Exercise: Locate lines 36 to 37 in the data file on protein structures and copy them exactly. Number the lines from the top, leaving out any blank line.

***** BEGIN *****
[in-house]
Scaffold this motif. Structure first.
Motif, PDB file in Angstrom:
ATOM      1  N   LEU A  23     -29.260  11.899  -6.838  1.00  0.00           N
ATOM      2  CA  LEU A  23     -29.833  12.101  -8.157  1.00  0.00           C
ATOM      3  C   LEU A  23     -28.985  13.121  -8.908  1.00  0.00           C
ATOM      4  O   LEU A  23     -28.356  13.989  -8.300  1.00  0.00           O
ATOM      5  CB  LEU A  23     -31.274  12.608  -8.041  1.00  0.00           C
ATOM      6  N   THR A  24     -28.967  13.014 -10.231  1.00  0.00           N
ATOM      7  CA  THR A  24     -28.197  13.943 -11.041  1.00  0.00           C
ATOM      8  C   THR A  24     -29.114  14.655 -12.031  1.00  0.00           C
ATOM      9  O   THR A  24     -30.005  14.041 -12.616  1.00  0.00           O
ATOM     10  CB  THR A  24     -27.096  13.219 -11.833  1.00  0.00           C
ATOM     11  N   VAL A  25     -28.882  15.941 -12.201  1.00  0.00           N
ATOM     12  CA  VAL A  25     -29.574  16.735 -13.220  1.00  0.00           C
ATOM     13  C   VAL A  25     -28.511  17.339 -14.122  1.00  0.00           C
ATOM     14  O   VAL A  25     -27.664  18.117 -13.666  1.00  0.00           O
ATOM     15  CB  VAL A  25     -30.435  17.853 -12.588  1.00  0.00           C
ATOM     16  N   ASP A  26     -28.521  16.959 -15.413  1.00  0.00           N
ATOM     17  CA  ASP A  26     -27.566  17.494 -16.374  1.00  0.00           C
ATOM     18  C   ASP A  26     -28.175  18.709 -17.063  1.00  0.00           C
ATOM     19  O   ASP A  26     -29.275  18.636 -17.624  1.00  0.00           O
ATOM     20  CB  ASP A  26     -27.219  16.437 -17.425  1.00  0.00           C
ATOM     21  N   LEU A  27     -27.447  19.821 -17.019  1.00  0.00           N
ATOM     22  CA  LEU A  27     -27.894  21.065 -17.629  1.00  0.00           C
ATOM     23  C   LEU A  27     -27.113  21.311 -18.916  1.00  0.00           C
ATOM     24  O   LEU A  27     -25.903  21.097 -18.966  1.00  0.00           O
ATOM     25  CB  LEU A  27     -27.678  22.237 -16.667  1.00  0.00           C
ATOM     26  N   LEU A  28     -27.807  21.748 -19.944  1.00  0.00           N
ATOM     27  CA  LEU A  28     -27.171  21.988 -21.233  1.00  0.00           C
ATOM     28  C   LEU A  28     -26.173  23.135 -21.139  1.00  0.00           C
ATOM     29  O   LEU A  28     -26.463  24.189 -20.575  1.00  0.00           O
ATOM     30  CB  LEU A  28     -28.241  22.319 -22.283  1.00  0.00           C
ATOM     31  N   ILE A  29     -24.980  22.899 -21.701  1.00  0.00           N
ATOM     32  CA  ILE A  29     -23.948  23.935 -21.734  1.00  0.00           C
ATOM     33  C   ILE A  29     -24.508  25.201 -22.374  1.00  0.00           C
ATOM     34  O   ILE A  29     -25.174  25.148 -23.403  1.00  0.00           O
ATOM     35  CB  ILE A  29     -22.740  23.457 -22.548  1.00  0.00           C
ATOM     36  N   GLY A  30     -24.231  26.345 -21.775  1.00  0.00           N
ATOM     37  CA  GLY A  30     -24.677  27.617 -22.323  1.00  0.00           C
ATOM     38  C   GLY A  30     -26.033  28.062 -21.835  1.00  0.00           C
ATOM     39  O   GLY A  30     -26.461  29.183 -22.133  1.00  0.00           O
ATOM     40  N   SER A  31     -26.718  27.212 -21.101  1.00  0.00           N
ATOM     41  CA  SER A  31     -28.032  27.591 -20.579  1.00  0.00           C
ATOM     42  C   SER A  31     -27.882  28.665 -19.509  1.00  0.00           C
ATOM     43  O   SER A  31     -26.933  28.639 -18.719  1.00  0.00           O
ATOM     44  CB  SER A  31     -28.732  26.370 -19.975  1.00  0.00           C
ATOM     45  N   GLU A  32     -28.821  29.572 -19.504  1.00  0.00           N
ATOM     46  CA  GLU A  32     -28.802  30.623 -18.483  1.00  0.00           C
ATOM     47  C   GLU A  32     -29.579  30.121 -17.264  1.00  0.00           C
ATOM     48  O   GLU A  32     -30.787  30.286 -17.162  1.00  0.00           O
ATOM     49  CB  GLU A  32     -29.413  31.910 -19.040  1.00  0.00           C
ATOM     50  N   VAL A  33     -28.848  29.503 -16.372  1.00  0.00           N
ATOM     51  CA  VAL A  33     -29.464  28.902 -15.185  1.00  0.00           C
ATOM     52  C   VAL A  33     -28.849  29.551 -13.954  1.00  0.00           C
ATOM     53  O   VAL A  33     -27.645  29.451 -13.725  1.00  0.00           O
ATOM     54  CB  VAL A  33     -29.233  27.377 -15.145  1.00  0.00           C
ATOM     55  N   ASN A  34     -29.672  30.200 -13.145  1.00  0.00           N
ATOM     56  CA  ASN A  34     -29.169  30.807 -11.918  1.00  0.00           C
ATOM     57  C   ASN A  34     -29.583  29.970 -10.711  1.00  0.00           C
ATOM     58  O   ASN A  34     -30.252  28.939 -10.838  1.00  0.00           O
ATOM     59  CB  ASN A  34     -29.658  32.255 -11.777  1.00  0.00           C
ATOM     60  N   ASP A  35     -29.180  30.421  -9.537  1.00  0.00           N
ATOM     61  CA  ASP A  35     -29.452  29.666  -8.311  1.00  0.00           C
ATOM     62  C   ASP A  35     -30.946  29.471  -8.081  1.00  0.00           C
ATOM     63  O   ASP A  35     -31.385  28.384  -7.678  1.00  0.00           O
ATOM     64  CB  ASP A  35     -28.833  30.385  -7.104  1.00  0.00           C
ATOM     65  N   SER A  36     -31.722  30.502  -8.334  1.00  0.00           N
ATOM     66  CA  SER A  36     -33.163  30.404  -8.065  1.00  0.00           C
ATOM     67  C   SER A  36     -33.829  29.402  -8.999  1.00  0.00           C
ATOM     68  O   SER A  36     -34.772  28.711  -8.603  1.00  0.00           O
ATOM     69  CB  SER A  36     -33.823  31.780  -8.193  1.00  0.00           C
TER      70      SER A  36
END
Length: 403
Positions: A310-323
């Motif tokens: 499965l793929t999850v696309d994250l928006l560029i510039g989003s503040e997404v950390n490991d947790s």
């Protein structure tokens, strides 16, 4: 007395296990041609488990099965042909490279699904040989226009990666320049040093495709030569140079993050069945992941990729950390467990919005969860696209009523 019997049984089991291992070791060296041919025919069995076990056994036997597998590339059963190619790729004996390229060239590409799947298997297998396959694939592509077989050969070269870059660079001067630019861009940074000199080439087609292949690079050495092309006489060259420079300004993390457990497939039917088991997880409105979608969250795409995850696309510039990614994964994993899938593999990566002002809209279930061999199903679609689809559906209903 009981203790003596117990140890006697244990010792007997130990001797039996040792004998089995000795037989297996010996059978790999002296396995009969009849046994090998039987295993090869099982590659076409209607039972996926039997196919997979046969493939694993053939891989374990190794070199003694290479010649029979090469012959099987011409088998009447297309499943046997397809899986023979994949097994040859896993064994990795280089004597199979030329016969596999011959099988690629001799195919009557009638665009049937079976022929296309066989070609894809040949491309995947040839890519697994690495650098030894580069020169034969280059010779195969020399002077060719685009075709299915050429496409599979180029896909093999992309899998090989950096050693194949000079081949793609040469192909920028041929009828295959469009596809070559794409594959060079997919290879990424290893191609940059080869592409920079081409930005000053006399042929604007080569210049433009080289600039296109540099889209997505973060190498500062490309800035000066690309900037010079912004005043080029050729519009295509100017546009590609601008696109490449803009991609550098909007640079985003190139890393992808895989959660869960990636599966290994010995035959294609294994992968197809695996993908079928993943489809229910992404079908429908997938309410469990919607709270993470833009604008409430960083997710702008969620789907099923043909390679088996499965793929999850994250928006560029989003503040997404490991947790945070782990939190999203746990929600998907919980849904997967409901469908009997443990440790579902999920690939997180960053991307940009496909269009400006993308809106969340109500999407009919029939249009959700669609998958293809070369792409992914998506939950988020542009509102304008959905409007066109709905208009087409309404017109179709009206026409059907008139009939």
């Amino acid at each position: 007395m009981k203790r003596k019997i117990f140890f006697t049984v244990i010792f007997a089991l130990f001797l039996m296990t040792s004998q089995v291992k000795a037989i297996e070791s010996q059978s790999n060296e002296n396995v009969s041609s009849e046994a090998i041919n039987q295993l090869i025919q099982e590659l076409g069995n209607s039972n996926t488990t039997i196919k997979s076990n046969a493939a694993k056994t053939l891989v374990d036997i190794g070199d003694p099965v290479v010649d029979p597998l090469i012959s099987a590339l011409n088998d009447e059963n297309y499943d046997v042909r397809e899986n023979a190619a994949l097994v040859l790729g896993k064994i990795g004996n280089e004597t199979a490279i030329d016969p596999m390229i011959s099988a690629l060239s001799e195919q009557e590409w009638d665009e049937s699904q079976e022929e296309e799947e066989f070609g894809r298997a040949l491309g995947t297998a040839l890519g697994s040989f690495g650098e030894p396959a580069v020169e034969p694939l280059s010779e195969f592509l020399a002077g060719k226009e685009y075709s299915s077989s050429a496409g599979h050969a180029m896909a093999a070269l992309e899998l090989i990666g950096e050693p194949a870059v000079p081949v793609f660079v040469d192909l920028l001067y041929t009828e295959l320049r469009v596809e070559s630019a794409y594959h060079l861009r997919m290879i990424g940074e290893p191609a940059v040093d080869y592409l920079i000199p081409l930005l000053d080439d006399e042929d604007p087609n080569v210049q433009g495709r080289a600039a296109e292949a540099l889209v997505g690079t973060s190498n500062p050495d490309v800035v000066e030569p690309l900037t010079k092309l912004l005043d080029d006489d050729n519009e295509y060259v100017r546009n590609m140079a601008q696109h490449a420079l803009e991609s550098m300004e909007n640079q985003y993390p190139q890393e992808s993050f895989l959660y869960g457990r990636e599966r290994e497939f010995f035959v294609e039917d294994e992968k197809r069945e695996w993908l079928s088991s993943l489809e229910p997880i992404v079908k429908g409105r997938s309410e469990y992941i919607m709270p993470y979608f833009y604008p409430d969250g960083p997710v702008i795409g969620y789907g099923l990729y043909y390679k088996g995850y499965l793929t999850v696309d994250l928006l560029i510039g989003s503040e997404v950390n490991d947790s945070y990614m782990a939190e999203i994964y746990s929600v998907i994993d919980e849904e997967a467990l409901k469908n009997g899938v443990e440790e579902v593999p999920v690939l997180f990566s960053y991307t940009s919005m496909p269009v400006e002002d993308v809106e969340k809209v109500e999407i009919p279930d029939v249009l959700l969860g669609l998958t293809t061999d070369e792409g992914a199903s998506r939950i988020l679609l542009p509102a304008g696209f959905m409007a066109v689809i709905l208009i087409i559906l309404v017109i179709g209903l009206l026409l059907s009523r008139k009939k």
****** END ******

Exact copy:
ATOM     33  C   ILE A  29     -24.508  25.201 -22.374  1.00  0.00           C
ATOM     34  O   ILE A  29     -25.174  25.148 -23.403  1.00  0.00           O